Monday, February 24, 2014

Bookworming: Zealot

Zealot: The Life and Times of Jesus of Nazareth, Reza Aslan, ****
A narrative take on the historian's view of Jesus, this one was bound to be divisive. It would be impossible to talk about the book outside of the religious and political context of our nation today, and I am not going to even try. Christians who view the Bible as God-breathed, literal truth are likely to view the book on the spectrum between deeply offensive at worst and simple dismissal at best. I am not one of those sorts of Christian. My chosen sect does not believe in scripture alone, but in scripture as the solid foundation from which be begin. And as such I personally find much more value in seeing them as historical documents in their historical context, with all the lessons and contradictions therein, than in viewing them as infallible. But what about the book itself, as a book?

In a word: stellar. Delving into what can easily be an extremely dry subject, Aslan's narrative is a surprisingly fast and flowing read. His vivid descriptions of the Temple and Jewish life lead naturally into the wider story of the relationship between Israel and Rome and back into how Jesus could have fit into the society and politics of the time. Whether you agree with his conclusions or not*, the the tale is well researched, splendidly told, and thought provoking. There is little more you can ask of a book.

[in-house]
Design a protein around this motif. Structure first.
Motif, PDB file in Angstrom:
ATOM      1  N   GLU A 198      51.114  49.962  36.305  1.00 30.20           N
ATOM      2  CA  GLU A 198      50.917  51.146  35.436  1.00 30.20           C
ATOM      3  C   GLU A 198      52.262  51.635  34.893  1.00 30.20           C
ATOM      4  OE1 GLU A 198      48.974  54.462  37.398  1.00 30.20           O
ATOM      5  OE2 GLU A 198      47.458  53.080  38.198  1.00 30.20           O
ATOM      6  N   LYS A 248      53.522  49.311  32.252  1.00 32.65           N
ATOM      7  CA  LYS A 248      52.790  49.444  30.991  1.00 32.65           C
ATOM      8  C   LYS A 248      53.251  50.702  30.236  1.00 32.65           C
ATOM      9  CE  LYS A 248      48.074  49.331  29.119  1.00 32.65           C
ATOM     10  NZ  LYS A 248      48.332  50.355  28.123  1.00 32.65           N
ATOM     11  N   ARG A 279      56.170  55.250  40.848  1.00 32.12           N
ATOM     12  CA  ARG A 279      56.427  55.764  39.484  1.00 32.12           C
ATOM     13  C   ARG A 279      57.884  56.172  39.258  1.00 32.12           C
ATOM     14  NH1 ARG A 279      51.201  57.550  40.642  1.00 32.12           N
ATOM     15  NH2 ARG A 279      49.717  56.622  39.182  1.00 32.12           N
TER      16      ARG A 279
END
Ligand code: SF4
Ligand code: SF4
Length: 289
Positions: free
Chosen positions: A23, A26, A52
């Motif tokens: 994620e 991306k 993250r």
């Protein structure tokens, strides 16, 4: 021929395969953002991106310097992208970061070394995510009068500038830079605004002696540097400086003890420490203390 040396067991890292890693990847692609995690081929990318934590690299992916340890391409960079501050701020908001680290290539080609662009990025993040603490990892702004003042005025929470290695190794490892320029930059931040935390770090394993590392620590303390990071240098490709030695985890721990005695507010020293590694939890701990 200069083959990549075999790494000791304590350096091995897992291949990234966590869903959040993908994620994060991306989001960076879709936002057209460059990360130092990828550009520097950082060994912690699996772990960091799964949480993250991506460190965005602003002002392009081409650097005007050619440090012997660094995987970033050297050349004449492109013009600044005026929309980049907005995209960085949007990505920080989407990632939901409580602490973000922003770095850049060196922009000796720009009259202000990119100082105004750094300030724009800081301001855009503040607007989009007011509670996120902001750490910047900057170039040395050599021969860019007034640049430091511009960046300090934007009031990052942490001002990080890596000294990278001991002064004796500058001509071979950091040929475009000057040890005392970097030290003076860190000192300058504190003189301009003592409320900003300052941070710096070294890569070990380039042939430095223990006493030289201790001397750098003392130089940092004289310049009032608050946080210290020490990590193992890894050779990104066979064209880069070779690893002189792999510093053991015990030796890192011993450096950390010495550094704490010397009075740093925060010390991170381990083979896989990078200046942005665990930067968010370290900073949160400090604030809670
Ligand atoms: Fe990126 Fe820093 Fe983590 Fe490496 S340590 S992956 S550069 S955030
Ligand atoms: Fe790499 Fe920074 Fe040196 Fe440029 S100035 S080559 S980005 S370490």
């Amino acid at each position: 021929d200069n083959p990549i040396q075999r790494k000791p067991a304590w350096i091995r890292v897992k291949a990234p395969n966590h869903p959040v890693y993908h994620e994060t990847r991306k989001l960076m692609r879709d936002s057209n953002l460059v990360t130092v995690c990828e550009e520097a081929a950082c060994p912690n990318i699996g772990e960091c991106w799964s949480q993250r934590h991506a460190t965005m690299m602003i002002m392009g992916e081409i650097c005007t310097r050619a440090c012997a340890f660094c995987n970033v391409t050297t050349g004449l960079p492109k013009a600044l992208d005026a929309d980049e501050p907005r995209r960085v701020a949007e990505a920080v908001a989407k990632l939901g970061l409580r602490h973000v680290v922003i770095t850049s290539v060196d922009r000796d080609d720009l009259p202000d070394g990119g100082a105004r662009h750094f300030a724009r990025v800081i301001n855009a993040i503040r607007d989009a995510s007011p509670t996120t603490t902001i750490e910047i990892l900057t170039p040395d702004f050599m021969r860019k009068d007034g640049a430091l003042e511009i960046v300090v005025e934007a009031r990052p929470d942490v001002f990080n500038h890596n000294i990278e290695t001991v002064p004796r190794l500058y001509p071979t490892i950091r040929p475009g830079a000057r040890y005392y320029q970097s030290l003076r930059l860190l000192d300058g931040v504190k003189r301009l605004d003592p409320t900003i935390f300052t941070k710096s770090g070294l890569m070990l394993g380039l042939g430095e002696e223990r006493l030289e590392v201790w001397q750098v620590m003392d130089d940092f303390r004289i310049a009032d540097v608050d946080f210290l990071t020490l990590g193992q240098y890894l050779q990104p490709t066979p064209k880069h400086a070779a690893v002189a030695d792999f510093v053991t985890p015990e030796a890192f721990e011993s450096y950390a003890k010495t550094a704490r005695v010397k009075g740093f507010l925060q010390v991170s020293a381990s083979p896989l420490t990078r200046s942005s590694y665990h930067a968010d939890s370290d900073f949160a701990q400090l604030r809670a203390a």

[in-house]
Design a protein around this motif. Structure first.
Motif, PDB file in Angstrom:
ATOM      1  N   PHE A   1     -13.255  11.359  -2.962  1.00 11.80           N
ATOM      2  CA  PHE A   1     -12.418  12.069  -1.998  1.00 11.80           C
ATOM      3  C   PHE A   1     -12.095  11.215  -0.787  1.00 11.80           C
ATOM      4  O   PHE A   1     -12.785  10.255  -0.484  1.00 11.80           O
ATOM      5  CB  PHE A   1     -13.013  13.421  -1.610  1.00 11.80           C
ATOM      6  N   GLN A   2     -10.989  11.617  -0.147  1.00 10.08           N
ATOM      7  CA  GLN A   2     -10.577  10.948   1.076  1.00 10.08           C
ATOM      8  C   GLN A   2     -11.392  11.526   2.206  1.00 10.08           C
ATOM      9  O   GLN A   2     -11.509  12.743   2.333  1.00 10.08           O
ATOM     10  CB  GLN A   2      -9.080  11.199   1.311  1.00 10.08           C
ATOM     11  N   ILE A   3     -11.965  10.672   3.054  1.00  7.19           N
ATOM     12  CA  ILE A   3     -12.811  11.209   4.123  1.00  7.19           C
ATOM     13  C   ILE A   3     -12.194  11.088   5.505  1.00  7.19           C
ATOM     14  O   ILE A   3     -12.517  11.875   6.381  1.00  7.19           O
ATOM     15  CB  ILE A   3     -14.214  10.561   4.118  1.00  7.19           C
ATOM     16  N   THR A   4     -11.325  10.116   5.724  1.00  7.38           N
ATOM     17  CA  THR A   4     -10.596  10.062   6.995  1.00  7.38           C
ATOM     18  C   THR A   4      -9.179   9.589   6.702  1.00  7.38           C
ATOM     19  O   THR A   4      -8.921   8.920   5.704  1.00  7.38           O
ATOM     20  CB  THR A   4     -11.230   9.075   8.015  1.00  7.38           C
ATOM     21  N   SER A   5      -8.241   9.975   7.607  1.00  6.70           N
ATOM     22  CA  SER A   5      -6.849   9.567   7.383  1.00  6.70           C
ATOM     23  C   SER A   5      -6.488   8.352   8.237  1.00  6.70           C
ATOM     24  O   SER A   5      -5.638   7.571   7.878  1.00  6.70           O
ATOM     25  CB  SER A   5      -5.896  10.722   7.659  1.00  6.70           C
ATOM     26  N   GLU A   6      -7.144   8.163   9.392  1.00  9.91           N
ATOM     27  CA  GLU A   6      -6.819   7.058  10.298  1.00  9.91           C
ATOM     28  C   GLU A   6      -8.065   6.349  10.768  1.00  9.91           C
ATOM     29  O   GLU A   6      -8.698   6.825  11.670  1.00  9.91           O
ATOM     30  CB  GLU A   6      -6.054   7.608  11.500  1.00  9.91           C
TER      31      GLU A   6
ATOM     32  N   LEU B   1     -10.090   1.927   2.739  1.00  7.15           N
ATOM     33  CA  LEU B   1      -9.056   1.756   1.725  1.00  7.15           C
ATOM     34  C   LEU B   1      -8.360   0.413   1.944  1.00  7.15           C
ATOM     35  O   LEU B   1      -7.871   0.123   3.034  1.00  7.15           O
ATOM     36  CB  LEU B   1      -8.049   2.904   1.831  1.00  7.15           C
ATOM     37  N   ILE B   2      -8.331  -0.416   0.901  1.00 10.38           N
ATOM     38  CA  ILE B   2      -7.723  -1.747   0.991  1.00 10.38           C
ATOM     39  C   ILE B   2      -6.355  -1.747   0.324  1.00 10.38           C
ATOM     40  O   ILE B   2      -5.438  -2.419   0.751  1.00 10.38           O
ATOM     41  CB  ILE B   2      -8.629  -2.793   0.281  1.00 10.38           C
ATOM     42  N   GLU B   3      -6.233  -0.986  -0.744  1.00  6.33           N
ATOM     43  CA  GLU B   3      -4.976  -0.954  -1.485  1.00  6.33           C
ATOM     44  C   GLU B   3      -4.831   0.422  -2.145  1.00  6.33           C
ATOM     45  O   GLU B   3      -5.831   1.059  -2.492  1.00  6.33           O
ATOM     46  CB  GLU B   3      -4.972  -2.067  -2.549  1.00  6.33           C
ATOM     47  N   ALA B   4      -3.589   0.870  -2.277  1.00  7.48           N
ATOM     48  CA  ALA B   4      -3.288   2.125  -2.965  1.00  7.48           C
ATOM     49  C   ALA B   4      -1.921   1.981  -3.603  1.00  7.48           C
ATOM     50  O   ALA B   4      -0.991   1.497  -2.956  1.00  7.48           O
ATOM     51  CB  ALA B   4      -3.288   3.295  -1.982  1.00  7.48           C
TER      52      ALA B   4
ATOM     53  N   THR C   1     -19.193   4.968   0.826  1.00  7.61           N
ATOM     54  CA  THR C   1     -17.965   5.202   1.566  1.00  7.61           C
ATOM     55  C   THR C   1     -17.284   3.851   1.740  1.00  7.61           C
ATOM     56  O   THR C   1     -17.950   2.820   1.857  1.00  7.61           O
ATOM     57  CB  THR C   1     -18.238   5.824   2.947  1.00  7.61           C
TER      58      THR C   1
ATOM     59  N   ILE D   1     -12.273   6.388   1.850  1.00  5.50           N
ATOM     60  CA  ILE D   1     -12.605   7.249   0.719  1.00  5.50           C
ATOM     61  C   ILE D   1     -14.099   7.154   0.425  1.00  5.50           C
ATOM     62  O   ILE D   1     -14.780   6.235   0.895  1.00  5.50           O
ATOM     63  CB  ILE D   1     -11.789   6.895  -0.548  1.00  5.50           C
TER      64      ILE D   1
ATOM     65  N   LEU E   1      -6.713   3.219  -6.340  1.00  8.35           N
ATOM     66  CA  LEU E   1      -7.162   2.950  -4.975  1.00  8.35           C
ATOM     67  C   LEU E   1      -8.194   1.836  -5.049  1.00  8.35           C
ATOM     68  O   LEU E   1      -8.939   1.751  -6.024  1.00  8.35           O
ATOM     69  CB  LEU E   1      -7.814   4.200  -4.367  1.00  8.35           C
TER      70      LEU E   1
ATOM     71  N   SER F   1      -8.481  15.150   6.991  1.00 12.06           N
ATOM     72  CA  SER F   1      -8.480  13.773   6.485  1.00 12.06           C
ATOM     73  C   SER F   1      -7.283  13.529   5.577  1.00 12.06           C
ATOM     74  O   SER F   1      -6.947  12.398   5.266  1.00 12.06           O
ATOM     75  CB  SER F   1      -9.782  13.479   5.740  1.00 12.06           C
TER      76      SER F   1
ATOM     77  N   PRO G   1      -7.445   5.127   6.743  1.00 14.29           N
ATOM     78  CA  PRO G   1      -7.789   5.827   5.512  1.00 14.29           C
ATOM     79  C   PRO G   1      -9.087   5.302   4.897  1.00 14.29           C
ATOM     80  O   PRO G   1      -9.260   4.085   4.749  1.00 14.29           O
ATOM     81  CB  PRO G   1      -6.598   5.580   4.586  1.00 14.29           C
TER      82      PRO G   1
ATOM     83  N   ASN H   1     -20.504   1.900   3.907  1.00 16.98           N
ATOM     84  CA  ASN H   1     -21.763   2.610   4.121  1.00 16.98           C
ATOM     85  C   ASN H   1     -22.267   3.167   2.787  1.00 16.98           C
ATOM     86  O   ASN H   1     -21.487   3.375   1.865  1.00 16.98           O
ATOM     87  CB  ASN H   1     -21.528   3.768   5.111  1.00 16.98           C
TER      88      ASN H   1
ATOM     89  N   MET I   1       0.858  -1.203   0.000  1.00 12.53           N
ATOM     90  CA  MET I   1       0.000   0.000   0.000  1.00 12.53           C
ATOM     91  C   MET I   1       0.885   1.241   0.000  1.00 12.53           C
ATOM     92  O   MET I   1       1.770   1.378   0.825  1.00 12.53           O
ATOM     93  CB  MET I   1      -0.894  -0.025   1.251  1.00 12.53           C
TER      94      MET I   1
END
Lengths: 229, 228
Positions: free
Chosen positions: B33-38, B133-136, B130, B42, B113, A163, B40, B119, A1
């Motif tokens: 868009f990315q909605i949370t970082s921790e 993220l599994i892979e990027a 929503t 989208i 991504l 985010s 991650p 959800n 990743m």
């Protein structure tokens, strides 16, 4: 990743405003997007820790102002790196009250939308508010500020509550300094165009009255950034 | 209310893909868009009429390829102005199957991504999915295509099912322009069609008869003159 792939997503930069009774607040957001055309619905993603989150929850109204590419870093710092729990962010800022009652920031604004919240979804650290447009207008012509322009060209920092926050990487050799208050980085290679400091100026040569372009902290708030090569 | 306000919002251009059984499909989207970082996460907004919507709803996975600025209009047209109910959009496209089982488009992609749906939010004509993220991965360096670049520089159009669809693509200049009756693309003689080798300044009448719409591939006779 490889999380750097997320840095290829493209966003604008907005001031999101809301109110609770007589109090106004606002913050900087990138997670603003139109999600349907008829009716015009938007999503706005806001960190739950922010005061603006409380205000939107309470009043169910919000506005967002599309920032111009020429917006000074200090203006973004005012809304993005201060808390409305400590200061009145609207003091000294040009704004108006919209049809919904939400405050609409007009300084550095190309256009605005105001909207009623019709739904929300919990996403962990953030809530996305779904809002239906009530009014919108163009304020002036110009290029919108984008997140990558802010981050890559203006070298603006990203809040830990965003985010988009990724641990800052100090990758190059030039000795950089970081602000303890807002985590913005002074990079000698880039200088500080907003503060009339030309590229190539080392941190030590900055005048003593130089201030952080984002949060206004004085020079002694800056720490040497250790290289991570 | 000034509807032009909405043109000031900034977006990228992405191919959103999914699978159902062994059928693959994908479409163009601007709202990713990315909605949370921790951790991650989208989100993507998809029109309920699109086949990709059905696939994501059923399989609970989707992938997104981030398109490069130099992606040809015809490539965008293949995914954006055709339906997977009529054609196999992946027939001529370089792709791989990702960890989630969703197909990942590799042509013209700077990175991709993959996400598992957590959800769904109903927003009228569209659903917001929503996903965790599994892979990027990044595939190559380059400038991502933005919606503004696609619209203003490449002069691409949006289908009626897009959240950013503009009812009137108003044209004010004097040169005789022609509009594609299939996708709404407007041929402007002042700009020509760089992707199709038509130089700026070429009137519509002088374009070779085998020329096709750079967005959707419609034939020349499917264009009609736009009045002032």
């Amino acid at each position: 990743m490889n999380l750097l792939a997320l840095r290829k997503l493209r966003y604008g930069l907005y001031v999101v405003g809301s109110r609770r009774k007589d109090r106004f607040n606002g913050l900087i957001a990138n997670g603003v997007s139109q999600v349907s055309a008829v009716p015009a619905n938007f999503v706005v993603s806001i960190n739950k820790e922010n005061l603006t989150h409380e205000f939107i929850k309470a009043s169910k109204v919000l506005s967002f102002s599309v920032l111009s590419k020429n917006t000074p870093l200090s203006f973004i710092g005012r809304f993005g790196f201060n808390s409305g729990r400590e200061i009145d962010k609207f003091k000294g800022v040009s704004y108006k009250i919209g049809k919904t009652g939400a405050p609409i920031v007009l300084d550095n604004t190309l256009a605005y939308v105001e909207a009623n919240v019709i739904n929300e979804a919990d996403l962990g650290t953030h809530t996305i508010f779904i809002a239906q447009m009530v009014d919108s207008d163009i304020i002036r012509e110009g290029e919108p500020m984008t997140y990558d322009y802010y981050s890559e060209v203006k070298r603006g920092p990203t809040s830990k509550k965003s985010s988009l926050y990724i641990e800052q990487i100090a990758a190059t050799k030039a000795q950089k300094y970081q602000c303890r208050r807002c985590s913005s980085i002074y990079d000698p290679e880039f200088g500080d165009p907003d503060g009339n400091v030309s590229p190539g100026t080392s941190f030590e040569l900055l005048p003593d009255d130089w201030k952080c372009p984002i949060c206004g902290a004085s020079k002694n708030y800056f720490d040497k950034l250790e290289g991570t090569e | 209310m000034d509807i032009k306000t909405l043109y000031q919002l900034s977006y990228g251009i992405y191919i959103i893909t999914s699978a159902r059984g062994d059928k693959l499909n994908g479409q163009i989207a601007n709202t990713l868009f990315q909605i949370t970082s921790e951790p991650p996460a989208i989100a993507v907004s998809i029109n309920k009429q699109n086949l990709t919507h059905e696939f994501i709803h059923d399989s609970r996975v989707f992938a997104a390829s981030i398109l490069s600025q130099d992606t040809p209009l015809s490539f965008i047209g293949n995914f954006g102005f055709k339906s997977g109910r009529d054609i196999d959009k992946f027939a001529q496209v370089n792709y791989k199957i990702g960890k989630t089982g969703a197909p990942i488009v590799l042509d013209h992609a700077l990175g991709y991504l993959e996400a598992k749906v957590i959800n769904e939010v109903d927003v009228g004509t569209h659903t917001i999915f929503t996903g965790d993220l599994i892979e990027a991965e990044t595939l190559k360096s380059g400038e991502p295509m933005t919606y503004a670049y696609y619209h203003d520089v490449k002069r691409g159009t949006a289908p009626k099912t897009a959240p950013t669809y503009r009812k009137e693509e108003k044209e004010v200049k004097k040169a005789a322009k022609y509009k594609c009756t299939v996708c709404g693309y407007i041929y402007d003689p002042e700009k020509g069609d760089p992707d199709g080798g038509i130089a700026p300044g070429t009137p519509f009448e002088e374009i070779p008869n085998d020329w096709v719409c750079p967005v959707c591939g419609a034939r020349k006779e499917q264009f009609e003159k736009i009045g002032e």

* Slight spoiler alert here, read no further if you want to go in completely cold. Again, I feel the need to display my bias here. Aslan rolls into something that I have long pondered about the New Testament: that there is more Paul writing about Jesus's death than there is Gospel about his life and works. The notion of whether Jesus's original message was distorted by the "Pauline heresy" is a discussion I find fascinating for many reasons, and this is certainly coloring my view of the book somewhat. That said, this only really comes up later in the book, so it should not have swayed me too heavily.

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